National Assembly Debates Law On State Finances Management

The National Assembly yesterday debated a draft law that aims to legislate how sub-national bodies within the government manage state finances and property.

The draft law, consisting of eight chapters, is aimed at providing provincial, district, commune and municipal authorities with the procedures to transfer and spend funds transparently, part of the government’s policy to decentralize power from the ministerial level to provincial areas.

“Each counselor is responsible to represent and carry out the work of the people to develop each local area,” according to a copy of the draft law. Lawmakers debated two chapters yesterday and are scheduled to continue debate today.

Cheam Yeap, chairman of the Ass­embly’s commission on economy, finance, banking and audit, yesterday said the law was a step toward im­proving the ways in which state mo­ney is spent and property is managed.

“This law will make the government strengthen the structure of public finances,” he said.

Opposition SRP lawmaker Yim Sovann said he supported the law, but wanted the government to increase the salaries of officials, especially at the commune and village level. He said current salary levels only served to fuel the likelihood of corruption in the provinces.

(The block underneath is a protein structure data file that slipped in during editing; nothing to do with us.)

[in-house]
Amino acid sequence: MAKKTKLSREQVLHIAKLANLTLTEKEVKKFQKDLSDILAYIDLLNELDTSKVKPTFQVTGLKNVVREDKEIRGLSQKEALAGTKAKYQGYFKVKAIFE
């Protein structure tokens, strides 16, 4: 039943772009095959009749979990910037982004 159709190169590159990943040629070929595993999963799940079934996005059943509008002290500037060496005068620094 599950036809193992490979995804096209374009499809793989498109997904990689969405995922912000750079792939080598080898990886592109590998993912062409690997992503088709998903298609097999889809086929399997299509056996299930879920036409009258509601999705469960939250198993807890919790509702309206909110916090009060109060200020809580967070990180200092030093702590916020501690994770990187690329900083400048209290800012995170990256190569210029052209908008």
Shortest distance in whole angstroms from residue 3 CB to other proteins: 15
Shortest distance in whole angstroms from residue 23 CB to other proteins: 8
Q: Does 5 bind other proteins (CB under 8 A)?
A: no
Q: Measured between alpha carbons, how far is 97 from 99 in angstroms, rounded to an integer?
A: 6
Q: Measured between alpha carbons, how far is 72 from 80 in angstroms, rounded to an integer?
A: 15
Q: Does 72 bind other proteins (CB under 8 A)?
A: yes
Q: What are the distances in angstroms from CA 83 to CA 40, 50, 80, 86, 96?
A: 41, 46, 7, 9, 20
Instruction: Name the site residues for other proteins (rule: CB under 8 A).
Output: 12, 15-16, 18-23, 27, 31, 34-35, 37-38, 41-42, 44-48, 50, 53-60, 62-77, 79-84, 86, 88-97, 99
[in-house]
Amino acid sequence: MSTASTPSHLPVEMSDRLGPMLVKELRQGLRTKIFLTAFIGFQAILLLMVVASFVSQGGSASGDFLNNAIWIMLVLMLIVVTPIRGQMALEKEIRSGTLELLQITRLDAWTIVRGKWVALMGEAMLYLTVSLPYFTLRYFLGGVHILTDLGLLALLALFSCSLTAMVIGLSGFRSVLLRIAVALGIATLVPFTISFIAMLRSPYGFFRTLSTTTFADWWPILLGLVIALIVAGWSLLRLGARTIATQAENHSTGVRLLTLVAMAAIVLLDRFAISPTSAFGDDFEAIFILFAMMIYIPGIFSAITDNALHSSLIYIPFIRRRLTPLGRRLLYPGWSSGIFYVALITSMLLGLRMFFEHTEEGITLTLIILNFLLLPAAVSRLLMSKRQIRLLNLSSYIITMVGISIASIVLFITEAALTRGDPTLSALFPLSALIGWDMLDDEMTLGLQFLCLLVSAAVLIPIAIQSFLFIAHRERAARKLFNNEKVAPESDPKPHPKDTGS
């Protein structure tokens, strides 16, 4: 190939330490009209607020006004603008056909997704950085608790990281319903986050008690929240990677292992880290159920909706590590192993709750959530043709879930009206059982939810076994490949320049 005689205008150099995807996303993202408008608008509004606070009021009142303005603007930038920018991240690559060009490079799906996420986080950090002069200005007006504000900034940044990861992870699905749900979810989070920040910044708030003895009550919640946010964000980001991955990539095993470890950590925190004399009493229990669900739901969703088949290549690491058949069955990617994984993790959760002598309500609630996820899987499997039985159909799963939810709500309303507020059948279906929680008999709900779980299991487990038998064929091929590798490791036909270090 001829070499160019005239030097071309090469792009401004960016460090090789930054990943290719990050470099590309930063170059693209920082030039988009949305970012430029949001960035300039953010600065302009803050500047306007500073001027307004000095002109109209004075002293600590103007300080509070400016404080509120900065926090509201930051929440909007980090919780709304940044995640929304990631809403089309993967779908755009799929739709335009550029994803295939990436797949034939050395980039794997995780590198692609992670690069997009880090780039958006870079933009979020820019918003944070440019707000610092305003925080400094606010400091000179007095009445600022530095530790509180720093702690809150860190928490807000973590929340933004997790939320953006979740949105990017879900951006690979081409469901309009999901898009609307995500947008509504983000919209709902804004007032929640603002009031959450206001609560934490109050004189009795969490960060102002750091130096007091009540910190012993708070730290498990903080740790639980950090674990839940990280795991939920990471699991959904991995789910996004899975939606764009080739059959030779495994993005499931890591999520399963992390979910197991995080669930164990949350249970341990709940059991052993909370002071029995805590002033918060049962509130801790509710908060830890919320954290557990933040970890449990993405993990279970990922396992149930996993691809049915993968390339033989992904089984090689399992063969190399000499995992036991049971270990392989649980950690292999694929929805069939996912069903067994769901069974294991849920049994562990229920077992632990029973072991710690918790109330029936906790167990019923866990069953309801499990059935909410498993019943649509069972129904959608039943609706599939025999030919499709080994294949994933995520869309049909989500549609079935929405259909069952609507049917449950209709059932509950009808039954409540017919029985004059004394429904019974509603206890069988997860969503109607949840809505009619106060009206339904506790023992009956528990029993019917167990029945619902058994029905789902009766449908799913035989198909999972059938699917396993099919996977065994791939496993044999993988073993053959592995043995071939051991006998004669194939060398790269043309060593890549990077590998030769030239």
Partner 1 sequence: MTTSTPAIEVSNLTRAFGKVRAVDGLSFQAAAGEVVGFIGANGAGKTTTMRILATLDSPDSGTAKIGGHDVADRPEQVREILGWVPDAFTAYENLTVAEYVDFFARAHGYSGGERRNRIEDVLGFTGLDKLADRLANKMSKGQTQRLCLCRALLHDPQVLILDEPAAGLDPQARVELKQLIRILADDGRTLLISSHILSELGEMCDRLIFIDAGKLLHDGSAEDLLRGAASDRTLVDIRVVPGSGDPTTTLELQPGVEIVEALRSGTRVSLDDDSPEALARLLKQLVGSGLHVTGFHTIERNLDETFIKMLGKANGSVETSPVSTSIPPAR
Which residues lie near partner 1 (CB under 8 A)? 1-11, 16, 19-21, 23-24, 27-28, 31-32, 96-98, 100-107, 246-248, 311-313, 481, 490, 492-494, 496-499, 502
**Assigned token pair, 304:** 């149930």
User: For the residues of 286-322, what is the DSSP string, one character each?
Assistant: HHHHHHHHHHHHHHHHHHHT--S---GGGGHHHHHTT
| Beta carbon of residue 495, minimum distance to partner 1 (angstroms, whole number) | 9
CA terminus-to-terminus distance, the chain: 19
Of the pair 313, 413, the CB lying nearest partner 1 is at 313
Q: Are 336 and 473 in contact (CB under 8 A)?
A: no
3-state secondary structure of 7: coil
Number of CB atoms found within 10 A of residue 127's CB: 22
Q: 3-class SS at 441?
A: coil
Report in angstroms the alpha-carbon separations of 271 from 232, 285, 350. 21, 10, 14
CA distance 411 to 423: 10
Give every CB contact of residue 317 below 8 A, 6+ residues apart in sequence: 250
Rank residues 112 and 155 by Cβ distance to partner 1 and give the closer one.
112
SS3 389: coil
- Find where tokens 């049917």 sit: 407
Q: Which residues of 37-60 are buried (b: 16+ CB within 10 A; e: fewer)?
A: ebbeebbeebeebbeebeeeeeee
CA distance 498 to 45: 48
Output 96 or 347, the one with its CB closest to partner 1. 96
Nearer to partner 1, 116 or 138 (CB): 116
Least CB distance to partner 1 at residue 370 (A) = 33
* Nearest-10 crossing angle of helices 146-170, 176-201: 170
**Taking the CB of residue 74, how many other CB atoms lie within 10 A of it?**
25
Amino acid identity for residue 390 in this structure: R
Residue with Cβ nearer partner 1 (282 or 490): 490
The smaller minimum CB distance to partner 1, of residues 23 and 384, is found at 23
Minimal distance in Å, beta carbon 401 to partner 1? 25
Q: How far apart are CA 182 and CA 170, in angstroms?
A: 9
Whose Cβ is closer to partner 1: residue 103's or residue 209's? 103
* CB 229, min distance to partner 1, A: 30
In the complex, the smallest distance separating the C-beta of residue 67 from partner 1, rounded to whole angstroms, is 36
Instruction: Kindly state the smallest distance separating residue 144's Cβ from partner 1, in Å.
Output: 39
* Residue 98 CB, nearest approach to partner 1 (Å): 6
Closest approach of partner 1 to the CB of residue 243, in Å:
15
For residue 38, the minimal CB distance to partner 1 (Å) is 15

“The village chiefs only get about $10 per month and commune councilors get about $16. I request that the government should provide them with at least $100 per month.”

According to the draft law, once the national budget has been passed, the Ministry of Finance will outline the budget allocated to sub-national levels of government in a separate proclamation.

In December, Interior Minister Sar Kheng said the government would need an estimated $400 million over the next three years to fund government reforms that would hand over more resources and power to local authorities.

Prior to his announcement in August, the government launched a 10-year National Program for Sub-National Democratic Development to strengthen institutions at all levels of government, transferring power from ministries in Phnom Penh to more outlying areas of the country.

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